Here is How To Negotiate Better With ANYONE
Small businesses that harness the power of negotiation are indeed more successful. The art of negotiation simply can’t be ignored, and it will help you negotiate better with anyone.
Negotiation skills allow small business owners to employ active listening, develop client commonalities, and cultivate important relationships with a win-win partnership mindset.
Unlike some aspects of your small business, negotiation can’t be outsourced. The success of your company relies heavily on your ability to assert confidence and authority at the negotiation table.
“Negotiation may often be described as an art form, but for small business owners, it’s an essential skill that could make or break a company,” notes The Huffington Post and Goldman Sachs.
“Good negotiation skills grow your network, solidify your relationships with clients and vendors, and pave the way for future business opportunities.”
Roll up your sleeves and focus on your small business growth and success with these five powerful tips to negotiate better with anyone.
Negotiation is All About the Win-Win
It may seem like only one winner walks away from the negotiation table. However, negotiation is a give and take.
The focus is on building long-term relationships with clients, vendors, and anyone else in your small business network. Cultivate a partnership mindset and build the great relationships your small business needs a loan for success.
“In a negotiation, the seller needs to view a potential customer as a partner rather than an opponent,” explains Sherrie Campbell, psychologist, and author.
The win-win is an agreement with both you and your client, walking away satisfied with the deal.
Seek Commonalities at the Negotiation Table
With a partnership mindset at the forefront, you are ready to build those lasting relationships for your small business. And seeking out commonalities at the negotiation table will maximize your efforts.
Find what you and your negotiation partner share in common and use it to nurture the relationship. It is like sparking up a conversation with a stranger. You often touch on topics until that common interest is found.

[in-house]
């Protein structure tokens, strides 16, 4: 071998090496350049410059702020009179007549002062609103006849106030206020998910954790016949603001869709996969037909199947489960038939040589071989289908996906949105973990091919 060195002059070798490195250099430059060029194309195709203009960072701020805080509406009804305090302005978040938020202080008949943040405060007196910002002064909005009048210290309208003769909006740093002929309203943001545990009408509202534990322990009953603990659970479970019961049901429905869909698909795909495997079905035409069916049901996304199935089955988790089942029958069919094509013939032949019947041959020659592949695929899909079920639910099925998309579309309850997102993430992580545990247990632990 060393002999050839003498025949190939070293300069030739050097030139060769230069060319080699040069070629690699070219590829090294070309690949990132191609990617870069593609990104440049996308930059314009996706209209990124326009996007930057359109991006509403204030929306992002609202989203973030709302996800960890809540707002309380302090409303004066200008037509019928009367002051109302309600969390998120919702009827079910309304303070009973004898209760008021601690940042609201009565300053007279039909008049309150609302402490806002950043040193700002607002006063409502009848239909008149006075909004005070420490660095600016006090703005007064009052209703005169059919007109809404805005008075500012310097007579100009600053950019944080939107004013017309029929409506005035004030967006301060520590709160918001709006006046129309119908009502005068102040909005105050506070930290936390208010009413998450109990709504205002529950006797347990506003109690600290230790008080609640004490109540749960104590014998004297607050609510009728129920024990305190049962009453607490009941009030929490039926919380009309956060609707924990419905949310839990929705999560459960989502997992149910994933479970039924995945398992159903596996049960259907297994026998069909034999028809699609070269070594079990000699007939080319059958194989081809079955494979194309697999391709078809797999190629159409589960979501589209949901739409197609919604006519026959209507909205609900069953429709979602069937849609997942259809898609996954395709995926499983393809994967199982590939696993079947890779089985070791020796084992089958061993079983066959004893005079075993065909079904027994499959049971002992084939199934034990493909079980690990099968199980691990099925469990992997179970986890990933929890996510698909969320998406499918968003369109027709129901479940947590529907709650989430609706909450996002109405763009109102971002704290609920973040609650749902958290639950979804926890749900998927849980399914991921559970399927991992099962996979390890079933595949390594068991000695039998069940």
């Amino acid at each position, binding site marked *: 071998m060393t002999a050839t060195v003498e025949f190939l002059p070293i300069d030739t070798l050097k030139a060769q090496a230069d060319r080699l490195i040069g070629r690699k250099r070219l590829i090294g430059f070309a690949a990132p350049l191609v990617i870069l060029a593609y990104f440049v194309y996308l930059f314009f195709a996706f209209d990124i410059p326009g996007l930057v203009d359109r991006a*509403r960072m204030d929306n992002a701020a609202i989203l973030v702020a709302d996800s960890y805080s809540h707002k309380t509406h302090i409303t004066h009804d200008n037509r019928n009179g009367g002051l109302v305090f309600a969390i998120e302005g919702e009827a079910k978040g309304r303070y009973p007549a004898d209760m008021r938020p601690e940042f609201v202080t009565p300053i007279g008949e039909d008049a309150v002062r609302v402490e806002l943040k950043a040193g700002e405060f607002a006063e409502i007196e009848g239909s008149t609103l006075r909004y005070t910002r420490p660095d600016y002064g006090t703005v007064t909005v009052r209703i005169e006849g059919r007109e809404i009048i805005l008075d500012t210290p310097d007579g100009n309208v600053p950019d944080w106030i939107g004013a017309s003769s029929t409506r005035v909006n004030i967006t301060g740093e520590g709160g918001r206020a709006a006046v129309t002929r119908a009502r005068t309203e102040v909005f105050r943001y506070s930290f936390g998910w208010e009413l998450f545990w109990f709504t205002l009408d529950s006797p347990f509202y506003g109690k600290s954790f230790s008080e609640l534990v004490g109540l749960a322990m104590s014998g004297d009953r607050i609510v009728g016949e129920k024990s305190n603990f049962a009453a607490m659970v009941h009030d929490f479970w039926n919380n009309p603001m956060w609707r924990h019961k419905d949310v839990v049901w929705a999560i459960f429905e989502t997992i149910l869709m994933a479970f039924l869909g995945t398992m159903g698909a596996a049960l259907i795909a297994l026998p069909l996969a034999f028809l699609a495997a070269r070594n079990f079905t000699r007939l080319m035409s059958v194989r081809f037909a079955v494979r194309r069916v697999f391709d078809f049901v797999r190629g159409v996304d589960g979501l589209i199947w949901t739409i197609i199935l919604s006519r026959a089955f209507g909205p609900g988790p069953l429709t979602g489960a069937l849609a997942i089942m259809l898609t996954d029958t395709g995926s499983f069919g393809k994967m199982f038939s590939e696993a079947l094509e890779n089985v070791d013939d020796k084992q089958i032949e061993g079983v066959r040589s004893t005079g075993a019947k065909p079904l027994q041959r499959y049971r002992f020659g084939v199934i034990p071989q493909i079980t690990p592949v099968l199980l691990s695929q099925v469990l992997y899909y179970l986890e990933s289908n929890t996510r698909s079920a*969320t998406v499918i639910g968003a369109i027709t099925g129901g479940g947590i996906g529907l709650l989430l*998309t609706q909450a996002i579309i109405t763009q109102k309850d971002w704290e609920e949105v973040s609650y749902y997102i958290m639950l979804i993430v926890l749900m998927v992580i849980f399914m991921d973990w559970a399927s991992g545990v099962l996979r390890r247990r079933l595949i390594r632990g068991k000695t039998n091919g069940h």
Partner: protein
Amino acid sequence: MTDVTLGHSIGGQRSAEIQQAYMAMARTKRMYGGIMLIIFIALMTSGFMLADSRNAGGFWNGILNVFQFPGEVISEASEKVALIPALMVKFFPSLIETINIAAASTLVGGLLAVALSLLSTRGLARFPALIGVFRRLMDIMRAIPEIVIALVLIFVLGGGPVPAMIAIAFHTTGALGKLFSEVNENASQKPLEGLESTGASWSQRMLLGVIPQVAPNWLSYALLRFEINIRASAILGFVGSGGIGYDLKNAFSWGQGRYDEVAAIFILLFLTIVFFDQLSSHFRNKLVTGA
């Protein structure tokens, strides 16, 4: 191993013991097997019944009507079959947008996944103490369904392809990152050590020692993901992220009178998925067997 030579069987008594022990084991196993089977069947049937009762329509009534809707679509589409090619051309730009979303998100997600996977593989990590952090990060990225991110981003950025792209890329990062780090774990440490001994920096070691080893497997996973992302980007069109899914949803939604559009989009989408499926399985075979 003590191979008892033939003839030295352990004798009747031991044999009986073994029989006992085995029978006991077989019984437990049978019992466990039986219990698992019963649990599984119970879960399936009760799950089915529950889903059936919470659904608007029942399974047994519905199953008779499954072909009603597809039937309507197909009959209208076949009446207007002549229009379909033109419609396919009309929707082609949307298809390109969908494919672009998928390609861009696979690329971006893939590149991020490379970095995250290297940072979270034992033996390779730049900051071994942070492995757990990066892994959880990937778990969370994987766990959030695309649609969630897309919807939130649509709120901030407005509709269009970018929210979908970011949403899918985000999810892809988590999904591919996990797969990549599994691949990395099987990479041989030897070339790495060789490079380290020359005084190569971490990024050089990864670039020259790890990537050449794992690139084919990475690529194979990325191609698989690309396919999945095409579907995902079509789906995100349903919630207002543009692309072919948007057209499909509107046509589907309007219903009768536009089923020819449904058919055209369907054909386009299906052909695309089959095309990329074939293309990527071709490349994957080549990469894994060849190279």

Commonalities lead to common ground, and when two parties share an interest, it is often challenging for them to be in conflict. Satisfaction and win-win will certainly be the result.
Active Listening is the Most Important Negotiation Skill
Active listening is the most important negotiation skill a small business owner can hone. Yet, it is one of the most difficult to master.
Employing active listening allows you to find common ground, manage client satisfaction, and identify value and objections.
“Few negotiators would argue the value of good listening skills,” according to Harvard Law School. “Skillful active listening can calm tensions, break the impasse, and get you the information you need to build creative deals.”
Paraphrasing what your negotiation partner has said, inquiring about comments and objections to dig deeper into an issue, and acknowledging counters and objections, are the three main elements to active listening for you to focus on.
Acknowledge a Counter, With a Counter
Acknowledging counters and objections at the negotiation table is part of active listening and a powerful tactic. Many savvy negotiators use counters and objections to end a negotiation before they even begin.
For instance, when you contact a customer service representative, they often say they can’t access the information, or they simply have no authority to remedy your problem. This is a savvy counter.
They expect you to give in but don’t. Counter with a counter in order to ensure the negotiation win-win.
Acknowledge what your negotiation partner has said, then come back with a solution they can manage. They will feel heard, and the negotiation will continue.
Negotiate “Outside the Box”
It is easy to get hyper-focused on a single goal during a negotiation. However, as a proud small business owner, your vision and creativity have gotten you this far. So keep thinking “outside the box.”
A negotiation can end up in a variety of directions, and this is simply part of the win-win process. “You want to avoid getting stuck on a seemingly intractable issue,” suggests Richard Harroch of Forbes.
Ensure you have a few negotiations “gives” you can offer to keep the agreement moving in the right direction. These give should mean little to your small business but have high-value to your negotiation partner.
Negotiation skills are essential to small business growth and success. These skills encompass a variety of methods for communicating, influencing, planning, strategizing, and employing tactics, techniques, and teamwork. Nurture lasting business relationships with these tips to negotiate better with anyone.